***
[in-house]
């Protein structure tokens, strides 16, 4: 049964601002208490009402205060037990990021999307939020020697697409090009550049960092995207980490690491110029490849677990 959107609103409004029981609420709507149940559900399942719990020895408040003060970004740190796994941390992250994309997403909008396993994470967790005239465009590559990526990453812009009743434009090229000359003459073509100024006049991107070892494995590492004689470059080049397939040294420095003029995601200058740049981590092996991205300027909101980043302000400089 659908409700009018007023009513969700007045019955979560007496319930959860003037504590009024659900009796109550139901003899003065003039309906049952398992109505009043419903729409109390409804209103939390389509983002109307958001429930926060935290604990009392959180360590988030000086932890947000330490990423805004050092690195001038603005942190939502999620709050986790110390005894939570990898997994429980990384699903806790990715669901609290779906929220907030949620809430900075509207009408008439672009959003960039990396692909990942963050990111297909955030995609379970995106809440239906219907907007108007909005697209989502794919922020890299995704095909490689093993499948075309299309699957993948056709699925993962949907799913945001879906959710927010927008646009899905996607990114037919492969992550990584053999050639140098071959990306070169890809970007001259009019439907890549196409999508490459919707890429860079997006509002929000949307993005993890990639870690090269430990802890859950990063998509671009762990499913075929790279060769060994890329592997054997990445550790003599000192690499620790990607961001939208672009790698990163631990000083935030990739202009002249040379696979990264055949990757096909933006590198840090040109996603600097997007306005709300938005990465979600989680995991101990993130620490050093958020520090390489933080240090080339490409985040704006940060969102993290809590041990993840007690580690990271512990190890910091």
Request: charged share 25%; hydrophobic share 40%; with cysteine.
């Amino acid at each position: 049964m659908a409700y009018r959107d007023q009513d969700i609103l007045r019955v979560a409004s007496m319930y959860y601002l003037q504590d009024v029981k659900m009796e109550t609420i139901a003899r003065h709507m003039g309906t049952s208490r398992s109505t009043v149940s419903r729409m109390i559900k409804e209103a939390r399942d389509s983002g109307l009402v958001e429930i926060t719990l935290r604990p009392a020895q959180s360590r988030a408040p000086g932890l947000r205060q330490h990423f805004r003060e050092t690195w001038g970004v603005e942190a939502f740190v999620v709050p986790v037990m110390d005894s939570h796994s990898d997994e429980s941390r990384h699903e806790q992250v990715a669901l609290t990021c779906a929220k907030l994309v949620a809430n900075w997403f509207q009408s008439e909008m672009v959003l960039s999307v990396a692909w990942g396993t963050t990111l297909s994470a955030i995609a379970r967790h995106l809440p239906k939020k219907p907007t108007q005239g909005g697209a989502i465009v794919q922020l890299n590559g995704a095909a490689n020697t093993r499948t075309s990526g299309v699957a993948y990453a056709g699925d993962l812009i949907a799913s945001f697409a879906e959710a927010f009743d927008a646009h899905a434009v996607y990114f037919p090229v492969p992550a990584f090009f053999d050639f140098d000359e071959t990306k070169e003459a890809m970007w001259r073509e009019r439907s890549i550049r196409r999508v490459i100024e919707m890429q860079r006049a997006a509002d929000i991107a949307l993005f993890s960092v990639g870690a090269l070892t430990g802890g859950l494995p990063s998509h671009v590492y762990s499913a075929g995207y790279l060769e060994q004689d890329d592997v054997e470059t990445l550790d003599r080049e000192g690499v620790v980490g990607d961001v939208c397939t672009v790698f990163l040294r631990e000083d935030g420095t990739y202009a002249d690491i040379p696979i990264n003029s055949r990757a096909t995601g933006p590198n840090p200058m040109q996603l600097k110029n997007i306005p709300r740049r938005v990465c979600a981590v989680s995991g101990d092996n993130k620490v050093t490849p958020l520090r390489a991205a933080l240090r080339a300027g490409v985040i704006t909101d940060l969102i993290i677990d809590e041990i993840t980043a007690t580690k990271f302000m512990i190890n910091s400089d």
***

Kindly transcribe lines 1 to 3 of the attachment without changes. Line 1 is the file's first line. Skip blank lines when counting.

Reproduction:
[in-house]
């Protein structure tokens, strides 16, 4: 049964601002208490009402205060037990990021999307939020020697697409090009550049960092995207980490690491110029490849677990 959107609103409004029981609420709507149940559900399942719990020895408040003060970004740190796994941390992250994309997403909008396993994470967790005239465009590559990526990453812009009743434009090229000359003459073509100024006049991107070892494995590492004689470059080049397939040294420095003029995601200058740049981590092996991205300027909101980043302000400089 659908409700009018007023009513969700007045019955979560007496319930959860003037504590009024659900009796109550139901003899003065003039309906049952398992109505009043419903729409109390409804209103939390389509983002109307958001429930926060935290604990009392959180360590988030000086932890947000330490990423805004050092690195001038603005942190939502999620709050986790110390005894939570990898997994429980990384699903806790990715669901609290779906929220907030949620809430900075509207009408008439672009959003960039990396692909990942963050990111297909955030995609379970995106809440239906219907907007108007909005697209989502794919922020890299995704095909490689093993499948075309299309699957993948056709699925993962949907799913945001879906959710927010927008646009899905996607990114037919492969992550990584053999050639140098071959990306070169890809970007001259009019439907890549196409999508490459919707890429860079997006509002929000949307993005993890990639870690090269430990802890859950990063998509671009762990499913075929790279060769060994890329592997054997990445550790003599000192690499620790990607961001939208672009790698990163631990000083935030990739202009002249040379696979990264055949990757096909933006590198840090040109996603600097997007306005709300938005990465979600989680995991101990993130620490050093958020520090390489933080240090080339490409985040704006940060969102993290809590041990993840007690580690990271512990190890910091």
Request: charged share 25%; hydrophobic share 40%; with cysteine.